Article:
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City of Lee’s Summit to buy Longview Recreation Center from community college

The city of Lee’s Summit has agreed to buy the Longview Recreation Center and plans to do an extensive renovation.
The city of Lee’s Summit has agreed to buy the Longview Recreation Center and plans to do an extensive renovation. Submitted photo

The city of Lee’s Summit has agreed to buy the Longview Recreation Center for $4.1 million in a move designed to provide fitness programs to residents on the west side of town.

City council members voted unanimously Thursday to allow the Lee’s Summit Parks and Recreation Board to buy the 60,000-square-foot building at 3801 S.W. Longview Road from the Metropolitan Community College of Kansas City’s Longview Campus.

The park board is borrowing the money from the city and will pay it back with interest over the next five years, said parks administrator Joe Snook.

Snook said the city will close the sale Sept. 1 and then begin a $1.5 million renovation of the 29-year-old center, which will include new exercise equipment and other infrastructure, as well as work on its 10-lane competition pool and dive well. He estimated the center would reopen in early to mid-November.

“We’re going to gut the whole thing, aesthetically bring it up to more modern colors and finishes … it’s going to get a complete makeover,” he said.

Once the center is open, the parks department hopes to attract residents within a seven- to 10-minute drive to buy individual memberships for $209 a year. That fee gives members access to facilities at Longview or the city’s other three centers: Legacy Park Community Center, Harris Park Community and Gamber Community Center.

Longview had about 800 members when MCC closed the center on Aug. 1, Snook said. He said he will send a letter to those members offering them a way to use exercise facilities at Legacy Park while they wait for Longview to reopen.

He estimated that the neighborhoods surrounding Longview mirror those around Legacy Park, which has 6,500 members and that Longview should be just as busy.

“It’s going to take some time to build up the membership, but I’m confident that we’re going to see similar usage patterns as at Legacy,” he said.

Snook said the city has needed a community center on the west side for some time and has discussed taking over the recreation center for several years, including leasing the facility or serving as a property manager. The idea of an outright purchase bubbled up again earlier this year during discussions he had with former MCC-Longview President Kirk Nooks.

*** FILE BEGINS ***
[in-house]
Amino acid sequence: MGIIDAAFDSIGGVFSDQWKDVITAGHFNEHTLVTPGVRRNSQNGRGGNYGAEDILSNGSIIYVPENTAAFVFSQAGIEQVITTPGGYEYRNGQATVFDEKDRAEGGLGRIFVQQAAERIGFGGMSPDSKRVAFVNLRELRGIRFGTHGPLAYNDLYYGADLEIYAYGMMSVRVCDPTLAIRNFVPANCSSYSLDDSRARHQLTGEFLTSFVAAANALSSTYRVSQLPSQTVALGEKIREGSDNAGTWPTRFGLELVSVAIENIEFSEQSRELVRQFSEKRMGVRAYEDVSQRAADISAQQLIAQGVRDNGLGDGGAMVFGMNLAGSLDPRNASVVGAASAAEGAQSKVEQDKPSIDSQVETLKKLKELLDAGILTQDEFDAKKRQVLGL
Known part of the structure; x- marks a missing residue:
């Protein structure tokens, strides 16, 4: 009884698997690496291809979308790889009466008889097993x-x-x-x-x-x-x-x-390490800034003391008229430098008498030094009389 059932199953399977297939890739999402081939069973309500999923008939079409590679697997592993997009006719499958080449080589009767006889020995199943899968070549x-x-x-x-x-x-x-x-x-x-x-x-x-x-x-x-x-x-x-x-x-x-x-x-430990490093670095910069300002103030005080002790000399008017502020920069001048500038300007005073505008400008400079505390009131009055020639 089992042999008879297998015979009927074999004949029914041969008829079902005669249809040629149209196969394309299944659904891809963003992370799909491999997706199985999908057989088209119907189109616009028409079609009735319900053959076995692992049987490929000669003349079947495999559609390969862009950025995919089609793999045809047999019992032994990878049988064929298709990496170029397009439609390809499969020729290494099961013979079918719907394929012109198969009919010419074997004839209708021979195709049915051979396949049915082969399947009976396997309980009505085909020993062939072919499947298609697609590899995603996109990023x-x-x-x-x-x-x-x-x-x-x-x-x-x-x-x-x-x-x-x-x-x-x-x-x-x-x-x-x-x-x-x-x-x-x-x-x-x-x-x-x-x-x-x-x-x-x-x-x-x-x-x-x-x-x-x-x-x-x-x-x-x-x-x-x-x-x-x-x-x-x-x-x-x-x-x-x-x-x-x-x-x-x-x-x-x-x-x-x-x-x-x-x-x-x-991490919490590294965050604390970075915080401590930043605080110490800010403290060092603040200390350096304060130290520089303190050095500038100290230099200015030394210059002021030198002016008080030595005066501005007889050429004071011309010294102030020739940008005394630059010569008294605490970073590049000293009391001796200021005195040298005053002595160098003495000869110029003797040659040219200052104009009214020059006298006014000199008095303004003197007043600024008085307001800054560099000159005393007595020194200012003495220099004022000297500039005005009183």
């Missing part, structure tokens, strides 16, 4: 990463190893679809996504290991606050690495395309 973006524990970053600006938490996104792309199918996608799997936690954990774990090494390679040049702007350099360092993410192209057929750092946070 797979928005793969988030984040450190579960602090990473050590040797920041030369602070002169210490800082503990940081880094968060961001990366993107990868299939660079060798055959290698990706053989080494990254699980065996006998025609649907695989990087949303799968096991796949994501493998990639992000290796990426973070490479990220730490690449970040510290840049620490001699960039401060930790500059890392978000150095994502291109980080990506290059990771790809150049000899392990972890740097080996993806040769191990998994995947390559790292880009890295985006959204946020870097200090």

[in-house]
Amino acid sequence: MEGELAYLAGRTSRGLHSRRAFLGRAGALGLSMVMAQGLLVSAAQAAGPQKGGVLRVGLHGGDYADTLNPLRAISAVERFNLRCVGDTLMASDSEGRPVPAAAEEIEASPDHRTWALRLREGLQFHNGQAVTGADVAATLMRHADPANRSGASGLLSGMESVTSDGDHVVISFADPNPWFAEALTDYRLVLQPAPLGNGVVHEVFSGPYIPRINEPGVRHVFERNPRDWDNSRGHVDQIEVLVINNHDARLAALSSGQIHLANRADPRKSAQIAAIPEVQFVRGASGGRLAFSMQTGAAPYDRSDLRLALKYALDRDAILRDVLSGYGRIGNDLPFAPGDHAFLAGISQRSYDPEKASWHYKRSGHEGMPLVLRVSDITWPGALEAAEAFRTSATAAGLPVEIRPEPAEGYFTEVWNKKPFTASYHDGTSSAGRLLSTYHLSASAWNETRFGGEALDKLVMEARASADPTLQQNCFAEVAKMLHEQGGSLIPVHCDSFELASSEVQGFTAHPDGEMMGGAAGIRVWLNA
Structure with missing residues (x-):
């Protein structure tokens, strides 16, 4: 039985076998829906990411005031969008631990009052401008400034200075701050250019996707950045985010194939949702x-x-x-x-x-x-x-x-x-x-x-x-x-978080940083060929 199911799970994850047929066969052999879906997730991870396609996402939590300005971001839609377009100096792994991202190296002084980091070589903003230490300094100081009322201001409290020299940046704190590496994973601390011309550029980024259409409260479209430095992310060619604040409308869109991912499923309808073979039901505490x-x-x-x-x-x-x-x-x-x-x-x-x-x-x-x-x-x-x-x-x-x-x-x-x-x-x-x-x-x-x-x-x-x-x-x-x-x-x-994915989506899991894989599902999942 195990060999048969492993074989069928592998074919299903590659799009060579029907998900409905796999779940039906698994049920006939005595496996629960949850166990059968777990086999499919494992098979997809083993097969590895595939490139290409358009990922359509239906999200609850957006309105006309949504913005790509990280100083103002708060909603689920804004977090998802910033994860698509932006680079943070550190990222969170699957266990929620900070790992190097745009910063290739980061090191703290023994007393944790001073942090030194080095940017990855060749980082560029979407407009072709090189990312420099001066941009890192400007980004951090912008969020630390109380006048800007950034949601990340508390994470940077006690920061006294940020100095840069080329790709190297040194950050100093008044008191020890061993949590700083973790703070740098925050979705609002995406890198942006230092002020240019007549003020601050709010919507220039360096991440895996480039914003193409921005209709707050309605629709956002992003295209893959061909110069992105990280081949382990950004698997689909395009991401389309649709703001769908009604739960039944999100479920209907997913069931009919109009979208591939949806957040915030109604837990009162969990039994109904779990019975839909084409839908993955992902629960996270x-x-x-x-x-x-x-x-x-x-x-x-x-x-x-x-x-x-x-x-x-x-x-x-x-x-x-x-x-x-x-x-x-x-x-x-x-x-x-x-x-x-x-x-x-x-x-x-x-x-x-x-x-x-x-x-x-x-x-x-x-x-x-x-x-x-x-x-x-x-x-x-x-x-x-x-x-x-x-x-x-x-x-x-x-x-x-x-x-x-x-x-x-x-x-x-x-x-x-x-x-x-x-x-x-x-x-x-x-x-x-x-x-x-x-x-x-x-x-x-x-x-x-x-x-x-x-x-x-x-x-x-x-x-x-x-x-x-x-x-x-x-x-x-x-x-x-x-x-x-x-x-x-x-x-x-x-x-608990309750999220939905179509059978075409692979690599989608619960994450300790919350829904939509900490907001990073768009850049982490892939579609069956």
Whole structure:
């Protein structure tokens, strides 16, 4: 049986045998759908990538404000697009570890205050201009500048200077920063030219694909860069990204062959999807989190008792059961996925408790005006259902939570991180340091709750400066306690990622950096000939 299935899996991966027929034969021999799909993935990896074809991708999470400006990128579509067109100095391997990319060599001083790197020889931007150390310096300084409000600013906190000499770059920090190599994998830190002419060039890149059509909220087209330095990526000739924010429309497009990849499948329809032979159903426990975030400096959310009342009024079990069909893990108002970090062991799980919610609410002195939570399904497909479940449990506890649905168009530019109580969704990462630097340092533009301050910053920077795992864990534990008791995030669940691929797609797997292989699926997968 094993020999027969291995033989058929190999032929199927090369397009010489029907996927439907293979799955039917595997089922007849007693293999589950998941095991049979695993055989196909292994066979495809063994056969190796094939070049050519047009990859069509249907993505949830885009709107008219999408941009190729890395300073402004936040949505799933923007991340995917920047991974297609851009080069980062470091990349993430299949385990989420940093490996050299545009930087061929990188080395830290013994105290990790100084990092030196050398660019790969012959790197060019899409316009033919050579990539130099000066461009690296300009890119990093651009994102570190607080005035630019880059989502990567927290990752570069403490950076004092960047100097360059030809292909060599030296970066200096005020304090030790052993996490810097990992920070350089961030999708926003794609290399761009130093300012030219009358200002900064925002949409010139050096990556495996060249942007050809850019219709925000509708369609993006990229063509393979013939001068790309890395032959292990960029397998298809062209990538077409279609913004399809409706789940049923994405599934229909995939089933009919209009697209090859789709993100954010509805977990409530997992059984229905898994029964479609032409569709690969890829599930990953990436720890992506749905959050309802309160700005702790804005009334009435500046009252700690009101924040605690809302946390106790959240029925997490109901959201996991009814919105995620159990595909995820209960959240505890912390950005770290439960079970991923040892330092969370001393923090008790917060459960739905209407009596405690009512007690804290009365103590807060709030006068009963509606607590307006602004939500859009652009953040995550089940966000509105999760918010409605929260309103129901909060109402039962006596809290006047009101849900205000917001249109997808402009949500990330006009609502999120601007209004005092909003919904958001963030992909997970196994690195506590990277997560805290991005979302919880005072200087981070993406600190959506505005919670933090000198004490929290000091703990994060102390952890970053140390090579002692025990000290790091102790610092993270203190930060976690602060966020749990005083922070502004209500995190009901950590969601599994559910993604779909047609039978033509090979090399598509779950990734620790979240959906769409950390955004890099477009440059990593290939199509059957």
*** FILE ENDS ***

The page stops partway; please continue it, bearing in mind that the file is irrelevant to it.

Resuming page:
Taking over the center is preferable to building one from scratch, which Snook estimated would cost between $12 million and $15 million.

“It doesn’t make sense to invest millions and millions of dollars into a facility when there’s one already there that can serve our community,” he said.

He added that the park board will use Longview to continue supporting MCC academics and athletics, providing facilities for the school’s volleyball, golf and cross-country teams, as well as physical education classes.

MCC Chancellor Kimberly Beatty said in a news release that the improvements will bring more people to the MCC-Longview campus.

“As MCC looks to the future we are optimizing our resources, and this agreement allows us to continue to benefit from this property, but also contributes to our ongoing mission of serving the community and creating opportunities not just for our students but also for the general public, all while providing equitable access,” she said.

In other business, the council voted 8-1 to provide financial incentives for Summit Square II, a 326-unit luxury apartment complex at the corner of N.E. Tudor Road and N.W. Ward Road.

NorthPoint Development has asked the city to sell almost $48.5 million industrial revenue bonds, which would allow the developer to buy construction materials without paying sales tax. The city would not be responsible for paying off the bonds.

In addition, NorthPoint plans to pay a “payment in lieu of tax” beginning at $1,135 a unit instead of regular property tax over the project’s first 12 years.

Council member Rob Binney voted against the incentives and said he didn’t think they were necessary. The council will hold a final vote on the incentives at a future meeting.

David Twiddy: